I’ve been reluctant to discuss my unemployment because I didn’t want people’s sympathy, encouragement or advice (truth be told). We have a tendency to want to help, which is good but there’s really only one way to truly help and most people can’t. They can be supportive, but they can’t help. And there is a difference.
The most common reaction I’ve gotten from friends is “how are you going to pay your bills?” It’s a legitimate question but it’s quite the whammy to throw down on someone who has to consider that every day. I simply say, “I’m good for awhile.”
After a few weeks I got really annoyed by that question and discussed it with Doctor Chuck, my therapist. We determined that such a question could be a manifestation of people’s own fears of being in this situation transferred onto me – or maybe a legitimate concern. But why not alleviate your fears and your concerns by just writing a check?
Therefore, if it doesn’t come up in conversation, I don’t bring it up. When I meet new people at book readings, comedy shows or at a bar and they ask me what I do, I confidently say that I’m a writer.
I tell them about my blog, the Erick Davidson short story series, the media commentaries and other projects I create for myself to keep busy such as the actor profiles and forthcoming new weekly recaps of the new FOX series Allen Gregory (availability pending).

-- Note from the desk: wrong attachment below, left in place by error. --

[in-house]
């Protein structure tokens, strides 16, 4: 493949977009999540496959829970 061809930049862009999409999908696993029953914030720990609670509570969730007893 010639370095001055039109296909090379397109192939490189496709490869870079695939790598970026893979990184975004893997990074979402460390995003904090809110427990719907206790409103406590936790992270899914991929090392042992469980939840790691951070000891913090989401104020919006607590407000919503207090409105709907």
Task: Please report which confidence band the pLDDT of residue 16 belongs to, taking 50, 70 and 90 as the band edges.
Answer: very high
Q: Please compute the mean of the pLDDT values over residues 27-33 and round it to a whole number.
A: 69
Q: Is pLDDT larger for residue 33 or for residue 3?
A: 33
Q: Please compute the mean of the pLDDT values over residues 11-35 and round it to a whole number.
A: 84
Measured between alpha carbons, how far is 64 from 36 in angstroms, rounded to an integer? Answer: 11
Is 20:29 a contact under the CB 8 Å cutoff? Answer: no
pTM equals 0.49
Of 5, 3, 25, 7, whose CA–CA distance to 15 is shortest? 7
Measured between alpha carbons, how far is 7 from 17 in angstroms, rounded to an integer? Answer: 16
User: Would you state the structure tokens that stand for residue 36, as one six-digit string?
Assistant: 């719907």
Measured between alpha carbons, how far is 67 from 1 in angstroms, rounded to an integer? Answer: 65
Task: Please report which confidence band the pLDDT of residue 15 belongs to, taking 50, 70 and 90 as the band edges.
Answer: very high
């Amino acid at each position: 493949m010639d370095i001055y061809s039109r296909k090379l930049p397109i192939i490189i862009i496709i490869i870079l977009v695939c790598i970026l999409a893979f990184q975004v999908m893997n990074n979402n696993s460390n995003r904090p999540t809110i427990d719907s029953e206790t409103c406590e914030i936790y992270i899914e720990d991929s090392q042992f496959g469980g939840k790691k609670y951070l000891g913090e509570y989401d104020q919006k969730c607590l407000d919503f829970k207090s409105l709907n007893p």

They don’t need to know that I don’t get paid for it yet. And it probably doesn’t even matter to them.
This is my third bout with unemployment – the first from November 2005 to September 2006 when I lived in New York and the second from July 2009 to December 2009 when I returned to LA from Massachusetts.
So it’s all good, my friends. I don’t have all the answers and I haven’t a clue what 2012 has in store for me, but it’s all good. I’m not going to lie and say I don’t have my moments because I do. And I haven’t spoken much about those moments until now.
But I have to tell myself that it’s all good to avoid panicking, going back to advertising (which I abjectly refuse to do) or taking some other shit job I don’t want. If I panic, I’ll lie in bed all day and pray not to wake up the next morning so I don’t have to face another day of de facto rejection of what I have to offer. I did that a lot in 2006.
I don’t know how I made it through those last two bouts, but I did. However, the stakes seem a bit higher this time, so I’m exercising a higher level of faith in God and/or the Universe than I ever have in my entire life – partially because I have to, partially because I have NO other choice and partially because I’m doing my part so it’s only fair that the proverbial net catches me before I go splat on the proverbial ground.
Original Fiction from a Sitcom Mind > The Halls of Shambala > The Non-Fiction Archives: 2012-2014 > The Unemployment Chronicles >